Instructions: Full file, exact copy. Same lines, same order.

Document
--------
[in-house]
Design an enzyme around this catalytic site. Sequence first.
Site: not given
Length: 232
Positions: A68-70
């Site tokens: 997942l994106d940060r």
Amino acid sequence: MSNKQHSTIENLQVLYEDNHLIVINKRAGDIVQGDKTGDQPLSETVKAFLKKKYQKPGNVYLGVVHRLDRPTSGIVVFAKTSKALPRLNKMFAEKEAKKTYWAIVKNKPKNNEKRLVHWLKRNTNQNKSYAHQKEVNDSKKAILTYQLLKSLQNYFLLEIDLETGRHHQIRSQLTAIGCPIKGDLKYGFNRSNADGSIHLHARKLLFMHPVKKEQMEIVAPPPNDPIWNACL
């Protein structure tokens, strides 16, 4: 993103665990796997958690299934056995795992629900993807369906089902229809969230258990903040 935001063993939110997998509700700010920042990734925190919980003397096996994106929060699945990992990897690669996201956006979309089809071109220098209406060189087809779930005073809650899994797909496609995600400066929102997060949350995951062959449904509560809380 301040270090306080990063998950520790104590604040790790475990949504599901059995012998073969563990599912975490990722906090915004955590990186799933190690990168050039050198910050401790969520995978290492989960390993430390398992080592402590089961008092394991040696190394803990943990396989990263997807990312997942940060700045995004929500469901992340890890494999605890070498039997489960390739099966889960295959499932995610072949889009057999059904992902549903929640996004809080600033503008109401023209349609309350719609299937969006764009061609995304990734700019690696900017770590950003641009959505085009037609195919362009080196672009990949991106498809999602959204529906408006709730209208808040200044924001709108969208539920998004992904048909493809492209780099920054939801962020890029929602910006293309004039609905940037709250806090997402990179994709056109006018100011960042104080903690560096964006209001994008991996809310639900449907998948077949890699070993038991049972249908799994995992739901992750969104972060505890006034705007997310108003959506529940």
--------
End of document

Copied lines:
[in-house]
Design an enzyme around this catalytic site. Sequence first.
Site: not given
Length: 232
Positions: A68-70
């Site tokens: 997942l994106d940060r």
Amino acid sequence: MSNKQHSTIENLQVLYEDNHLIVINKRAGDIVQGDKTGDQPLSETVKAFLKKKYQKPGNVYLGVVHRLDRPTSGIVVFAKTSKALPRLNKMFAEKEAKKTYWAIVKNKPKNNEKRLVHWLKRNTNQNKSYAHQKEVNDSKKAILTYQLLKSLQNYFLLEIDLETGRHHQIRSQLTAIGCPIKGDLKYGFNRSNADGSIHLHARKLLFMHPVKKEQMEIVAPPPNDPIWNACL
């Protein structure tokens, strides 16, 4: 993103665990796997958690299934056995795992629900993807369906089902229809969230258990903040 935001063993939110997998509700700010920042990734925190919980003397096996994106929060699945990992990897690669996201956006979309089809071109220098209406060189087809779930005073809650899994797909496609995600400066929102997060949350995951062959449904509560809380 301040270090306080990063998950520790104590604040790790475990949504599901059995012998073969563990599912975490990722906090915004955590990186799933190690990168050039050198910050401790969520995978290492989960390993430390398992080592402590089961008092394991040696190394803990943990396989990263997807990312997942940060700045995004929500469901992340890890494999605890070498039997489960390739099966889960295959499932995610072949889009057999059904992902549903929640996004809080600033503008109401023209349609309350719609299937969006764009061609995304990734700019690696900017770590950003641009959505085009037609195919362009080196672009990949991106498809999602959204529906408006709730209208808040200044924001709108969208539920998004992904048909493809492209780099920054939801962020890029929602910006293309004039609905940037709250806090997402990179994709056109006018100011960042104080903690560096964006209001994008991996809310639900449907998948077949890699070993038991049972249908799994995992739901992750969104972060505890006034705007997310108003959506529940």